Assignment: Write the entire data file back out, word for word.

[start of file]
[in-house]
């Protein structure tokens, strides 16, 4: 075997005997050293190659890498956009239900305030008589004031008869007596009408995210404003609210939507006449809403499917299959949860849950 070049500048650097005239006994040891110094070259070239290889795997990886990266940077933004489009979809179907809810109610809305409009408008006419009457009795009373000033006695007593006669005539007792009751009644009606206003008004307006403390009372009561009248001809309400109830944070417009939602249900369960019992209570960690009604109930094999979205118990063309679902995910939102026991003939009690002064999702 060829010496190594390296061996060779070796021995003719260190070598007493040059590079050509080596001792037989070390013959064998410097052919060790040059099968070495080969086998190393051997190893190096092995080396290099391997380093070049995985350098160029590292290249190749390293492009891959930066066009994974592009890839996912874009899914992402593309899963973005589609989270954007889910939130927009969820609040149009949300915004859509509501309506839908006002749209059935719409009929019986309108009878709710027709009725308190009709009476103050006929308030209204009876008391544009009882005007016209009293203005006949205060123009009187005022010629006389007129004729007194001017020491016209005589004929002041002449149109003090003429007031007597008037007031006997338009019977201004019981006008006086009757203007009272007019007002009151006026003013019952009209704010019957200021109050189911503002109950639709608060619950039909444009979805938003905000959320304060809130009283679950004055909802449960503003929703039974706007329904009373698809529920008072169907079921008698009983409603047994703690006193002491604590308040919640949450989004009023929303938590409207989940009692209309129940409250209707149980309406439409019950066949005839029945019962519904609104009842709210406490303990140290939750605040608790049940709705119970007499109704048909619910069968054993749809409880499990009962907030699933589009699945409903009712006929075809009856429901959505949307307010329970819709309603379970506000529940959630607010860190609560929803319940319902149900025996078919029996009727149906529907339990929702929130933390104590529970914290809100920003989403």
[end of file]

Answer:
[in-house]
């Protein structure tokens, strides 16, 4: 075997005997050293190659890498956009239900305030008589004031008869007596009408995210404003609210939507006449809403499917299959949860849950 070049500048650097005239006994040891110094070259070239290889795997990886990266940077933004489009979809179907809810109610809305409009408008006419009457009795009373000033006695007593006669005539007792009751009644009606206003008004307006403390009372009561009248001809309400109830944070417009939602249900369960019992209570960690009604109930094999979205118990063309679902995910939102026991003939009690002064999702 060829010496190594390296061996060779070796021995003719260190070598007493040059590079050509080596001792037989070390013959064998410097052919060790040059099968070495080969086998190393051997190893190096092995080396290099391997380093070049995985350098160029590292290249190749390293492009891959930066066009994974592009890839996912874009899914992402593309899963973005589609989270954007889910939130927009969820609040149009949300915004859509509501309506839908006002749209059935719409009929019986309108009878709710027709009725308190009709009476103050006929308030209204009876008391544009009882005007016209009293203005006949205060123009009187005022010629006389007129004729007194001017020491016209005589004929002041002449149109003090003429007031007597008037007031006997338009019977201004019981006008006086009757203007009272007019007002009151006026003013019952009209704010019957200021109050189911503002109950639709608060619950039909444009979805938003905000959320304060809130009283679950004055909802449960503003929703039974706007329904009373698809529920008072169907079921008698009983409603047994703690006193002491604590308040919640949450989004009023929303938590409207989940009692209309129940409250209707149980309406439409019950066949005839029945019962519904609104009842709210406490303990140290939750605040608790049940709705119970007499109704048909619910069968054993749809409880499990009962907030699933589009699945409903009712006929075809009856429901959505949307307010329970819709309603379970506000529940959630607010860190609560929803319940319902149900025996078919029996009727149906529907339990929702929130933390104590529970914290809100920003989403």